The NICHD supports a broad portfolio of research related to the etiology, treatment, and prevention of Pelvic Floor Disorders (PFDs). Brief descriptions of this research are included below.
Institute Activities and Advances
The NICHD has expanded its funding of research on PFDs, including pelvic organ prolapse and urinary and fecal incontinence. Most of this research is supported through the Pelvic Floor Disorders Network (PFDN), which the NICHD established in 2001 to encourage collaborative research on PFDs and to improve patient care. The PFDN is currently supported through the Gynecological Health and Disease Branch (GHDB).
PFDN research has advanced understanding of the prevalence, epidemiology, and risk factors for PFDs and has informed clinicians regarding diagnosis and treatment modalities. For example:
- Using National Health and Nutrition Examination Survey data, the PFDN provided, for the first time, national prevalence estimates of symptomatic PFDs in women in the United States.
- The Childbirth and Pelvic Symptoms (CAPS) study, a prospective cohort study, found that women with clinically recognized anal sphincter tears are more than twice as likely to report postpartum fecal incontinence as are women without these sphincter tears. It also found that cesarean delivery before labor is not entirely protective against PFDs.
- The Ambulatory Treatments for Leakage Associated with Stress (ATLAS) study, a randomized controlled trial of nonsurgical treatment for stress urinary incontinence, provided information on the relative efficacy of (and satisfaction with) pessaries, training and exercise of the pelvic floor muscles, and the two treatments combined.
- Results from the Colpopexy and Urinary Reduction Efforts (CARE) and Outcomes Following Vaginal Prolapse Repair and Mid-Urethral Sling (OPUS) studies showed that adding a procedure used to treat stress incontinence at the time of surgery for pelvic organ prolapse in women without symptoms of stress incontinence can help to prevent stress incontinence after surgery, without increasing risk.
Current network studies are examining the effectiveness of both surgical and nonsurgical interventions for PFDs, including pharmacological agents, the short- and long-term anatomical or functional outcomes of interventions, and preventive strategies.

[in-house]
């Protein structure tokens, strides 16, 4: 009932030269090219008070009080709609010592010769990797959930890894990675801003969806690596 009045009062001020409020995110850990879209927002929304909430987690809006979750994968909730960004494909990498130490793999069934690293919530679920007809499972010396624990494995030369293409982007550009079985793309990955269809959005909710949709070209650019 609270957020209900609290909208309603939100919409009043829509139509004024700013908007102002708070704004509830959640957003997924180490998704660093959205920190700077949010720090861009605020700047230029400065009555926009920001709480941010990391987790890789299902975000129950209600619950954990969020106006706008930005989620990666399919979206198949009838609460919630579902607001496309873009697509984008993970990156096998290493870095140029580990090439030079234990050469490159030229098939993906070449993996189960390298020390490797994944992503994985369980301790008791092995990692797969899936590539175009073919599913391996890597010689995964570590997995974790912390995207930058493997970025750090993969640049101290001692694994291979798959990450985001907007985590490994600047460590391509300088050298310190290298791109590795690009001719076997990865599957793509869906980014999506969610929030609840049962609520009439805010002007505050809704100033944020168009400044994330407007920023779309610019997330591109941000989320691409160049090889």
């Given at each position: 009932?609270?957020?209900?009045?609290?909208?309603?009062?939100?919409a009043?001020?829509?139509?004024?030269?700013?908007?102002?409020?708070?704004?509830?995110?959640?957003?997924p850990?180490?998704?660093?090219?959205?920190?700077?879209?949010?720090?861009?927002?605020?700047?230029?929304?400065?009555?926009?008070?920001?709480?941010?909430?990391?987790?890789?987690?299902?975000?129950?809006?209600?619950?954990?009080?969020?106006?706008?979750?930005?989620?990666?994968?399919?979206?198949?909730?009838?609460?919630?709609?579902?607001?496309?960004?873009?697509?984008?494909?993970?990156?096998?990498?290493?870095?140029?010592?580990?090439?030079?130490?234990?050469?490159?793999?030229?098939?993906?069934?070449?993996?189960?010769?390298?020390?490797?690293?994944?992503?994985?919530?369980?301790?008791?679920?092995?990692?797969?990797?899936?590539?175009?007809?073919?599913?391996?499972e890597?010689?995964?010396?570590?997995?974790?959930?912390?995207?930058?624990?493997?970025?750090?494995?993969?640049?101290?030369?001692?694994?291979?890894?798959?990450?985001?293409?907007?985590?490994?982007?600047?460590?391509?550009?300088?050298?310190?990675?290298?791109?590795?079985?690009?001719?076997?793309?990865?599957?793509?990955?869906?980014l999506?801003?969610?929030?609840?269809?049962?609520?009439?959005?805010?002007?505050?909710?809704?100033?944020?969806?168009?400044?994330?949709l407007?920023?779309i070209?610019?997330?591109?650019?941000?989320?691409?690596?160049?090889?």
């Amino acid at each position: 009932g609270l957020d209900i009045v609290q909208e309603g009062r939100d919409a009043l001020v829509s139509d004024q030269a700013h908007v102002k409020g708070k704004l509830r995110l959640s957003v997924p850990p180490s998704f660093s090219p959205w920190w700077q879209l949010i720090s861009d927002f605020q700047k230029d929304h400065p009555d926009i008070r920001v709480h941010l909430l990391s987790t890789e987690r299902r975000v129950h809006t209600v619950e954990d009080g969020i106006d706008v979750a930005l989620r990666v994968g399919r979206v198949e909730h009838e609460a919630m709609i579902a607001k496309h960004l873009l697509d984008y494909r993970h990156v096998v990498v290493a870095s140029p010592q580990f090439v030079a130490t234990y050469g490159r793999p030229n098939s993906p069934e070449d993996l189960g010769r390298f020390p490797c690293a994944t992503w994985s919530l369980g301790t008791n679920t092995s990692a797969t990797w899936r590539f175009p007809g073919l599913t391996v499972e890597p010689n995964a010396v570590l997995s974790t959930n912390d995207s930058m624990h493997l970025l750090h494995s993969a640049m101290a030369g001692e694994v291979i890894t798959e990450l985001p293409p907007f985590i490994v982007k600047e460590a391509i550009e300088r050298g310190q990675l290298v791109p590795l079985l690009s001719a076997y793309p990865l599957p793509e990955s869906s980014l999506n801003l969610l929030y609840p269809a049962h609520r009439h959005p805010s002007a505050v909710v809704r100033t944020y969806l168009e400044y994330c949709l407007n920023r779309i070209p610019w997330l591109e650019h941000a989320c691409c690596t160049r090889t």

Other GHDB -supported researchers recently estimated the number of women who will undergo surgery for PFDs in the future, based on 2006‐2007 hospitalization data and overall population data from the U.S. Census. They predicted that the number of surgical patients for PFDs can be expected to increase by 47% by 2050. These data demonstrate an urgent need to develop effective, low-cost interventions for PFDs to minimize the public health burden (PMID: 21600549).
Current GHDB -supported research includes studies of:
- The basic mechanisms of pelvic floor support and of pregnancy- and childbirth-related pelvic floor injury
- Genetic determinants affecting predisposition to pelvic organ prolapse
- The natural history of pelvic floor changes during pregnancy and following childbirth
- How physical activity affects PFDs
- Whether obstetrical care can be modified to prevent PFDs
- Factors associated with making decisions about PFD treatment
- Animal models of stem-cell homing for treatment of PFDs
- Minimally invasive techniques for surgical repair of PFDs
- Patient-reported outcome measures
Reducing and eliminating obstetric fistula in women who live in developing countries is also an active area of NICHD research. The Institute issued the following program announcements to invite research projects on this topic:
Other Activities and Advances
NICHD investigators have designed an adjunct study to the National Children's Study, a longitudinal cohort study that began in 2005 and monitors mothers and their children from before the child's birth to when they reach age 21. This adjunct study aims to describe the natural history of PFDs over time and estimate the attributable risk of pregnancy and delivery for the development of PFDs.